Since January, Cocalico sophomore Weston Martin has had to give up Pop-Tarts. And pizza. And several other foods that contain starch, dairy and anything made with sugar.

“I mostly only eat meat, fruits and veggies,” Martin said.

The change in diet came about to help Martin better handle juvenile arthritis.

“Through research we found that lots of people don’t need medication if they don’t have any starch,” Martin said. “That hasn’t been quite the case for me. ...I still have to keep taking medication.”

He also had to manage his condition while on the varsity soccer field the last two seasons for the Cocalico boys soccer team. This past fall, Martin was a starting defender for an Eagles squad that won a third-consecutive Lancaster-Lebanon League Section Three crown, reached the L-L tournament semifinals and was on the bubble of the District Three playoffs, finishing 10-2-1 overall.

“Last year, I got my knees taped before games in order to help hold them in place so they wouldn’t hurt as much,” Martin said. “But wearing that made my shins hurt, and I got shin splints. I still take Advil before every game, and put IcyHot on my shins right before the game. After games or practice, I usually ice my knees and take a bath to loosen up my back.”

Juvenile arthritis is an autoimmune disorder that causes inflammation of the joints in children. In 2018, about 294,000 American children under age 18 had arthritis or other rheumatic conditions, according to the National Institutes of Health.

Martin was diagnosed with it just before the start of the 2019 soccer season, after noticing pain in his knees and back following voluntary summer practices. The condition is manageable, but only after finding the right combinations of treatment, which is still a work in progress for Martin.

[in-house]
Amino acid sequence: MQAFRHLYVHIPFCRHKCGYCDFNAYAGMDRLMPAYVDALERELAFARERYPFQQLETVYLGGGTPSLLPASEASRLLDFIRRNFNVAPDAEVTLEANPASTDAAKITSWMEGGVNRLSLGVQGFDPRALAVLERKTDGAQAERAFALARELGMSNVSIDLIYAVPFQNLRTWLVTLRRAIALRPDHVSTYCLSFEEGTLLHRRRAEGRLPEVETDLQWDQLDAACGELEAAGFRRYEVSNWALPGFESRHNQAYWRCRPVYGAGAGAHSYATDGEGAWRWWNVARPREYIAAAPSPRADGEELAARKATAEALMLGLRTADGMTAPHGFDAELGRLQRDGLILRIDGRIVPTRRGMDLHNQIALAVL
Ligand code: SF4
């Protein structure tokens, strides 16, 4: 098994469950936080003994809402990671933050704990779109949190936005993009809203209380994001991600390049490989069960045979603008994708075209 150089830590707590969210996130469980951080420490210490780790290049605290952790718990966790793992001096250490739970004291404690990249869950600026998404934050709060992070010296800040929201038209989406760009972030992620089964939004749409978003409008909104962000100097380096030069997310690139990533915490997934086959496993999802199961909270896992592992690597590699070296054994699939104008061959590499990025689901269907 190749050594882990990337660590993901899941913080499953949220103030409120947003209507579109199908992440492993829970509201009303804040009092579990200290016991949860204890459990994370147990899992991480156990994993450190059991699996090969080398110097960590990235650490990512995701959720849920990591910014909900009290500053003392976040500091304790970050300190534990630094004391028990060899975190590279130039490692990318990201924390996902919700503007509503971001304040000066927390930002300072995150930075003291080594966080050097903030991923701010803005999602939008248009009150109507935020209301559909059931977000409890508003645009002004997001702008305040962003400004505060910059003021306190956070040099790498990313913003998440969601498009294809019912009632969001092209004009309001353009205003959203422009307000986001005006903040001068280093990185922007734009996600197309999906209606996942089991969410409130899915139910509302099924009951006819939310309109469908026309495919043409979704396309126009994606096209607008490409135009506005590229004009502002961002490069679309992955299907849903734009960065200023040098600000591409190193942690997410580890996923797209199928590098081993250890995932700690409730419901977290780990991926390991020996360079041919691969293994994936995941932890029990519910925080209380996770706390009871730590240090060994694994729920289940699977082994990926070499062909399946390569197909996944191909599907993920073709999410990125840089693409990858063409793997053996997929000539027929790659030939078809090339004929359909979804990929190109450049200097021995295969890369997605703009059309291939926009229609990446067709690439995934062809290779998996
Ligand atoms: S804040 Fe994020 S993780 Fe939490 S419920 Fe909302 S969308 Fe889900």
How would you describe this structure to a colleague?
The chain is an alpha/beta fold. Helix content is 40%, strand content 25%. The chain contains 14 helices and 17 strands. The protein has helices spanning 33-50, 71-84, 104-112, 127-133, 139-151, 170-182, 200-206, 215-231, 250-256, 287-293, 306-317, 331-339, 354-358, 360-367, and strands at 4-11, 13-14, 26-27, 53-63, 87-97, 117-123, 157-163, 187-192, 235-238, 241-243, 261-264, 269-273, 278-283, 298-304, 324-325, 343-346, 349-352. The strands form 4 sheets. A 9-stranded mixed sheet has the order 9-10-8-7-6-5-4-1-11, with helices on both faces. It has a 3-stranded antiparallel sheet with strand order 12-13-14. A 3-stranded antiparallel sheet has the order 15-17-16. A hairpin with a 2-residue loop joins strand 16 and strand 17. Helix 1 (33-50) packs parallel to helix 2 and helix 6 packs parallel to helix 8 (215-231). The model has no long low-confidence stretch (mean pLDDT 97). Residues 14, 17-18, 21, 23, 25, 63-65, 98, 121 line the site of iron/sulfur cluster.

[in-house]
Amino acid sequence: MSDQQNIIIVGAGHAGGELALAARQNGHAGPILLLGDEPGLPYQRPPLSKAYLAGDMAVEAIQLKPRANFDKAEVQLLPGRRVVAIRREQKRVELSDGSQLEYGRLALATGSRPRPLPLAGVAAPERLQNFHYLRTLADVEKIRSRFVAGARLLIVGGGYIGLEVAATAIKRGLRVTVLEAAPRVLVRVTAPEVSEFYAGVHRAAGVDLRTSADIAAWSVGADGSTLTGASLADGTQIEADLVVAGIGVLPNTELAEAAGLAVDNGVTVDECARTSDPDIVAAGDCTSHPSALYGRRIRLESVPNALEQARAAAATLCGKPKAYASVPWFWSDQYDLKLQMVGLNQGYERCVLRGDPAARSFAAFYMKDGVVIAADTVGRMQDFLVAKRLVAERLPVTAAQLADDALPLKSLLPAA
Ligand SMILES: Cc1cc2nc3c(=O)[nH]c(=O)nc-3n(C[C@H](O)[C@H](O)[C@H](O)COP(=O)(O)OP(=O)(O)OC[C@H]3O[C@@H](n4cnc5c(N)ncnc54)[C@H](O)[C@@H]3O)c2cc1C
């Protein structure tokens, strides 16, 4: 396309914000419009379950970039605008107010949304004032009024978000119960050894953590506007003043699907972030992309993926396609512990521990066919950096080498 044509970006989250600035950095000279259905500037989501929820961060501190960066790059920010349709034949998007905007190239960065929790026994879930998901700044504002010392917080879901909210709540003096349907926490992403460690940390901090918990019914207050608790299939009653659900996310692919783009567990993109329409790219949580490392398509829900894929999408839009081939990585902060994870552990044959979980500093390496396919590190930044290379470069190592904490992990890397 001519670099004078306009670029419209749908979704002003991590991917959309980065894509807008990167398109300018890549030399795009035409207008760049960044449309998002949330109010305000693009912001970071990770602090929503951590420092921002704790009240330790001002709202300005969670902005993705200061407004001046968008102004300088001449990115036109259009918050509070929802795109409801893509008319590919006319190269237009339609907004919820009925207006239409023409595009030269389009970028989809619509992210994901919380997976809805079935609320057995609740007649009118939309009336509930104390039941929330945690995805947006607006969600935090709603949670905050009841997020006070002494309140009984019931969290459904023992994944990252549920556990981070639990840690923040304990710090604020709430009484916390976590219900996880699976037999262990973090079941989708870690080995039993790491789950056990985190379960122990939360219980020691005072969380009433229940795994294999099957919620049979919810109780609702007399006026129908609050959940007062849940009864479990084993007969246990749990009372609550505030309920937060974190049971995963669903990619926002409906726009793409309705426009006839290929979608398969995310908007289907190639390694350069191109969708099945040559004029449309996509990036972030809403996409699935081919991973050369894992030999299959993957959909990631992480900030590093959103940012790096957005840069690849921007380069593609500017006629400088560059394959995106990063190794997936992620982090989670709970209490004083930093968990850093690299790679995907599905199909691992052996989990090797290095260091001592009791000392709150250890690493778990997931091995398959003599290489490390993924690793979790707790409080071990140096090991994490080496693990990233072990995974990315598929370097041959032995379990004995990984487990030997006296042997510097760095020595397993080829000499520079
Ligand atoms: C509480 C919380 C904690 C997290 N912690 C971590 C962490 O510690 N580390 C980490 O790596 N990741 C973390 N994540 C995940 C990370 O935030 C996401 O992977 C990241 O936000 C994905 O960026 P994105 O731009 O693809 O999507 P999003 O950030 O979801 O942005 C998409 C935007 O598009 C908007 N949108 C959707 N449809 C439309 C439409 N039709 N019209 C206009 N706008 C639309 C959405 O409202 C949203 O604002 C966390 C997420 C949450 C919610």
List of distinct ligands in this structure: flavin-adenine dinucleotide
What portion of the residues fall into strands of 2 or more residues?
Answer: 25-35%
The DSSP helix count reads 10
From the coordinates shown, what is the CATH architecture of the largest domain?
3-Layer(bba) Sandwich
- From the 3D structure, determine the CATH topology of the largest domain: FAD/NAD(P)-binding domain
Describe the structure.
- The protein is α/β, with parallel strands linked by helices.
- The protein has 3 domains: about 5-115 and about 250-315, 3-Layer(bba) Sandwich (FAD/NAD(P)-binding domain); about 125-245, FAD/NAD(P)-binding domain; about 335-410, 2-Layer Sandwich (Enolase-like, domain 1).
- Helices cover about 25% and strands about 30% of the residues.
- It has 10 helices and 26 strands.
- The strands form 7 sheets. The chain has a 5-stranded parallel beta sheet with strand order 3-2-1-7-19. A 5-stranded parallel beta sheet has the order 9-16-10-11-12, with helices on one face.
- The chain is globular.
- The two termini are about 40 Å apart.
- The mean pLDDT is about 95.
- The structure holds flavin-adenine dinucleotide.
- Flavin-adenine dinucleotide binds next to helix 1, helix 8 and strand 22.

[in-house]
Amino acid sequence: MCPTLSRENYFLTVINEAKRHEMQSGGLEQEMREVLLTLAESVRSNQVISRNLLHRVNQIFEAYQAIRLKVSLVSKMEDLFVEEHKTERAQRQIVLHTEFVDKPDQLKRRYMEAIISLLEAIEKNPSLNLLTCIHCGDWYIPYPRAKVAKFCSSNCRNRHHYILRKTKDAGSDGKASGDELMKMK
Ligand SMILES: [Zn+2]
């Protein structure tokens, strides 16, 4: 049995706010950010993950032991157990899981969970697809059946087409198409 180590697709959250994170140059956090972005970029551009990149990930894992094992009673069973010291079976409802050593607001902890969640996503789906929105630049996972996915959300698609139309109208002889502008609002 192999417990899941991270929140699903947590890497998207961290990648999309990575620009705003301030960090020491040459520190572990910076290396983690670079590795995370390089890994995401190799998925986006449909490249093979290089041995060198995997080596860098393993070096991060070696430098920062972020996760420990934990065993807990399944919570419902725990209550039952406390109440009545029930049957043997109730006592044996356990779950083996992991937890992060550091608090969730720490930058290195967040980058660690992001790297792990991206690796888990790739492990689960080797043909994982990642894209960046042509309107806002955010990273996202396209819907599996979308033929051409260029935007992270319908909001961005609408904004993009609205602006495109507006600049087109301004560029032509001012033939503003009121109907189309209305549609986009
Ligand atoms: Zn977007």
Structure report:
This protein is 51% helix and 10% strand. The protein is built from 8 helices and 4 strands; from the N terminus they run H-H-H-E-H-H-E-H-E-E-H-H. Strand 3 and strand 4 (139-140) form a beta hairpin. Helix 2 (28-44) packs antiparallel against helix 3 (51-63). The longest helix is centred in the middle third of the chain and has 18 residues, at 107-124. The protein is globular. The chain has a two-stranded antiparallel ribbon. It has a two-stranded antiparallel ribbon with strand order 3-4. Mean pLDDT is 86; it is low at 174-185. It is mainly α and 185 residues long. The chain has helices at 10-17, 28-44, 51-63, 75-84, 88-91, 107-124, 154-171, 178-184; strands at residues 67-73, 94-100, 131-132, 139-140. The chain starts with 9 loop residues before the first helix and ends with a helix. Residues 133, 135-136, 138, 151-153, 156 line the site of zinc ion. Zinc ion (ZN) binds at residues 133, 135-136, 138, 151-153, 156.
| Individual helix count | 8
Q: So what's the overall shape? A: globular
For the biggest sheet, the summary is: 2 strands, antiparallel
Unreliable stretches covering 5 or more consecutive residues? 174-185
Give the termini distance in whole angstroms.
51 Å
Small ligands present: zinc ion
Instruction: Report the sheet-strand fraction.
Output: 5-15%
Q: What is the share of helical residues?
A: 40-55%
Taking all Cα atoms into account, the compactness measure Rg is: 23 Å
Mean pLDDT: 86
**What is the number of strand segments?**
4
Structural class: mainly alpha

“It’s changed a lot over the last year,” he said. “I now take a shot of Enbrel once a week in my stomach.”

Enbrel is a type of medicine that treats psoriatic arthritis.

“It suppresses the immune system,” Martin said. “So the body isn’t creating inflammation.”

Taking an immunosuppressant comes with risks, especially considering this past soccer season was played amidst the COVID-19 pandemic.

“It is risky,” mother Angie Diller said. “But thankfully a rheumatologist reassured us kids are still resistant against COVID when taking this immunosuppressant. Once we found that out, we felt much better (about letting Martin play soccer).”

Plus, physical activity helps Martin’s body manage his juvenile arthritis. Though, again, he’s still figuring out the right combination of medicine and diet.

“It has actually gotten worse since last season,” Martin said. “It’s more of a constant pain and random pins and needles in my back and knees, and also in my fingers, and it’s spread to other places.”

Though, it would be hard to tell Martin was dealing with such issues on the soccer field this past season.

“Some kids will cry at the smallest thing,” eighth-year Cocalico boys soccer coach Derek Sipe said. “He (Martin) is not that way at all. ... The kid is tough. He’s not going to complain about it.”

Martin has applied a similar mentality and work ethic in the classroom, where he holds a 4.2 grade-point average and has a passion for chemistry.

“I just think to myself I have to push through this,” Martin said. “I know that I can. It’s just really hard.”

“It’s very difficult to see your child in pain,” Diller said. “I’m always researching to see what more we can be doing to help him with his pain. I’m part of a couple of Facebook groups. It’s been a helpful community of people.”

Diller also likes to research success stories of others who have managed juvenile arthritis. Now, her son is among those.


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